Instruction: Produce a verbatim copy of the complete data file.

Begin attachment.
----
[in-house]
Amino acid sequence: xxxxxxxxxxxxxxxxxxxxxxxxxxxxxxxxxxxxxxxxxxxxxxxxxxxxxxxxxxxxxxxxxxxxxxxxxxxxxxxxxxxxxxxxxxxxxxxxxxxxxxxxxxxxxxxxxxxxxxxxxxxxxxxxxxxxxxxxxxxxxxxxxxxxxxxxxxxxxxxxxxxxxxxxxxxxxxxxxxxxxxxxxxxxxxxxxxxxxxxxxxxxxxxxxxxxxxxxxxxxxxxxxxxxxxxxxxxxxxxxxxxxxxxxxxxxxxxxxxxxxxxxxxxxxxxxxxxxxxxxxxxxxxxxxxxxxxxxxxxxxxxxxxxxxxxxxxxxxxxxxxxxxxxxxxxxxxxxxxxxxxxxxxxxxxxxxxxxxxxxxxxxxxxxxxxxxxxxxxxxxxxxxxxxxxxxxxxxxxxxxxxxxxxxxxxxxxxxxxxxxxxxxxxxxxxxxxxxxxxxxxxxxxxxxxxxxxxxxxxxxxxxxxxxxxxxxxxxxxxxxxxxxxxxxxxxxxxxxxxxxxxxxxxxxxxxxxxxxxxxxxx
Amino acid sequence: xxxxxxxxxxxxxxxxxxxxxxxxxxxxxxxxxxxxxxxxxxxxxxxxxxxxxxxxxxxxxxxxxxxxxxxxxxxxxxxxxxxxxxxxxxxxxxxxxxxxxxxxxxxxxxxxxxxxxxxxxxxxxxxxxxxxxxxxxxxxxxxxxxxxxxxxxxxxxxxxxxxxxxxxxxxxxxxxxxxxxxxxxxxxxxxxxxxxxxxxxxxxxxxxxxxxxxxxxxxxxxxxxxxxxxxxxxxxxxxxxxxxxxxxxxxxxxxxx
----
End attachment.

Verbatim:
[in-house]
Amino acid sequence: xxxxxxxxxxxxxxxxxxxxxxxxxxxxxxxxxxxxxxxxxxxxxxxxxxxxxxxxxxxxxxxxxxxxxxxxxxxxxxxxxxxxxxxxxxxxxxxxxxxxxxxxxxxxxxxxxxxxxxxxxxxxxxxxxxxxxxxxxxxxxxxxxxxxxxxxxxxxxxxxxxxxxxxxxxxxxxxxxxxxxxxxxxxxxxxxxxxxxxxxxxxxxxxxxxxxxxxxxxxxxxxxxxxxxxxxxxxxxxxxxxxxxxxxxxxxxxxxxxxxxxxxxxxxxxxxxxxxxxxxxxxxxxxxxxxxxxxxxxxxxxxxxxxxxxxxxxxxxxxxxxxxxxxxxxxxxxxxxxxxxxxxxxxxxxxxxxxxxxxxxxxxxxxxxxxxxxxxxxxxxxxxxxxxxxxxxxxxxxxxxxxxxxxxxxxxxxxxxxxxxxxxxxxxxxxxxxxxxxxxxxxxxxxxxxxxxxxxxxxxxxxxxxxxxxxxxxxxxxxxxxxxxxxxxxxxxxxxxxxxxxxxxxxxxxxxxxxxxxxxxxx
Amino acid sequence: xxxxxxxxxxxxxxxxxxxxxxxxxxxxxxxxxxxxxxxxxxxxxxxxxxxxxxxxxxxxxxxxxxxxxxxxxxxxxxxxxxxxxxxxxxxxxxxxxxxxxxxxxxxxxxxxxxxxxxxxxxxxxxxxxxxxxxxxxxxxxxxxxxxxxxxxxxxxxxxxxxxxxxxxxxxxxxxxxxxxxxxxxxxxxxxxxxxxxxxxxxxxxxxxxxxxxxxxxxxxxxxxxxxxxxxxxxxxxxxxxxxxxxxxxxxxxxxxx